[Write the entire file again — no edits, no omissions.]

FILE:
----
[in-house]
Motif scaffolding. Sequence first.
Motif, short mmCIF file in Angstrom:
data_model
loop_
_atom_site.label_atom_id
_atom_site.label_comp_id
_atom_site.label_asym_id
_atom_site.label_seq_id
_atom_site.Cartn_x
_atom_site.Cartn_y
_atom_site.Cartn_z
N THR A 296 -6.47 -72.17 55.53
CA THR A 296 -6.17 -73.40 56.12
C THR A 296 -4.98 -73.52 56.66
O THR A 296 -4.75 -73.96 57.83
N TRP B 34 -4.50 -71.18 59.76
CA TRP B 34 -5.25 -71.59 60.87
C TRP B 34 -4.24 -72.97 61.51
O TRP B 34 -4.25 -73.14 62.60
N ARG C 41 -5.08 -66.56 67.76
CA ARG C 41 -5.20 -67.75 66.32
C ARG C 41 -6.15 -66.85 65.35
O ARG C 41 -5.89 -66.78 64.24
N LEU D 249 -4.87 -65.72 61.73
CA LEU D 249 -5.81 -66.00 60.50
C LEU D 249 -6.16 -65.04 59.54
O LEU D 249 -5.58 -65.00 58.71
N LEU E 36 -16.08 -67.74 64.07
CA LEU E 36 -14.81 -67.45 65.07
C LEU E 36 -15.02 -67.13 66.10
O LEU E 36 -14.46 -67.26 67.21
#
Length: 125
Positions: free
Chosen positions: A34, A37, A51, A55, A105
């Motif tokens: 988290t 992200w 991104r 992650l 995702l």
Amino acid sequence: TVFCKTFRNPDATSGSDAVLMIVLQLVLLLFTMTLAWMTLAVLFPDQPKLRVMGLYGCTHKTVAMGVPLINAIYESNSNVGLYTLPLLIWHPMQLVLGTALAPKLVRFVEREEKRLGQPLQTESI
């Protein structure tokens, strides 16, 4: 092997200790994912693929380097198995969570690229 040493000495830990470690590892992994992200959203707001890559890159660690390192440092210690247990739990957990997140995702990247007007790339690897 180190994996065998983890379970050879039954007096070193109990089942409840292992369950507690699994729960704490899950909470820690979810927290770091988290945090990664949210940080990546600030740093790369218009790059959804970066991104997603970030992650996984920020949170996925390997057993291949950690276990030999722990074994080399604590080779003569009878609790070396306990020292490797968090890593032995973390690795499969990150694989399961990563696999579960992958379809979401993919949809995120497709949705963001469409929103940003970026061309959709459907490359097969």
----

[in-house]
Motif scaffolding. Sequence first.
Motif, short mmCIF file in Angstrom:
data_model
loop_
_atom_site.label_atom_id
_atom_site.label_comp_id
_atom_site.label_asym_id
_atom_site.label_seq_id
_atom_site.Cartn_x
_atom_site.Cartn_y
_atom_site.Cartn_z
N THR A 296 -6.47 -72.17 55.53
CA THR A 296 -6.17 -73.40 56.12
C THR A 296 -4.98 -73.52 56.66
O THR A 296 -4.75 -73.96 57.83
N TRP B 34 -4.50 -71.18 59.76
CA TRP B 34 -5.25 -71.59 60.87
C TRP B 34 -4.24 -72.97 61.51
O TRP B 34 -4.25 -73.14 62.60
N ARG C 41 -5.08 -66.56 67.76
CA ARG C 41 -5.20 -67.75 66.32
C ARG C 41 -6.15 -66.85 65.35
O ARG C 41 -5.89 -66.78 64.24
N LEU D 249 -4.87 -65.72 61.73
CA LEU D 249 -5.81 -66.00 60.50
C LEU D 249 -6.16 -65.04 59.54
O LEU D 249 -5.58 -65.00 58.71
N LEU E 36 -16.08 -67.74 64.07
CA LEU E 36 -14.81 -67.45 65.07
C LEU E 36 -15.02 -67.13 66.10
O LEU E 36 -14.46 -67.26 67.21
#
Length: 125
Positions: free
Chosen positions: A34, A37, A51, A55, A105
């Motif tokens: 988290t 992200w 991104r 992650l 995702l």
Amino acid sequence: TVFCKTFRNPDATSGSDAVLMIVLQLVLLLFTMTLAWMTLAVLFPDQPKLRVMGLYGCTHKTVAMGVPLINAIYESNSNVGLYTLPLLIWHPMQLVLGTALAPKLVRFVEREEKRLGQPLQTESI
């Protein structure tokens, strides 16, 4: 092997200790994912693929380097198995969570690229 040493000495830990470690590892992994992200959203707001890559890159660690390192440092210690247990739990957990997140995702990247007007790339690897 180190994996065998983890379970050879039954007096070193109990089942409840292992369950507690699994729960704490899950909470820690979810927290770091988290945090990664949210940080990546600030740093790369218009790059959804970066991104997603970030992650996984920020949170996925390997057993291949950690276990030999722990074994080399604590080779003569009878609790070396306990020292490797968090890593032995973390690795499969990150694989399961990563696999579960992958379809979401993919949809995120497709949705963001469409929103940003970026061309959709459907490359097969």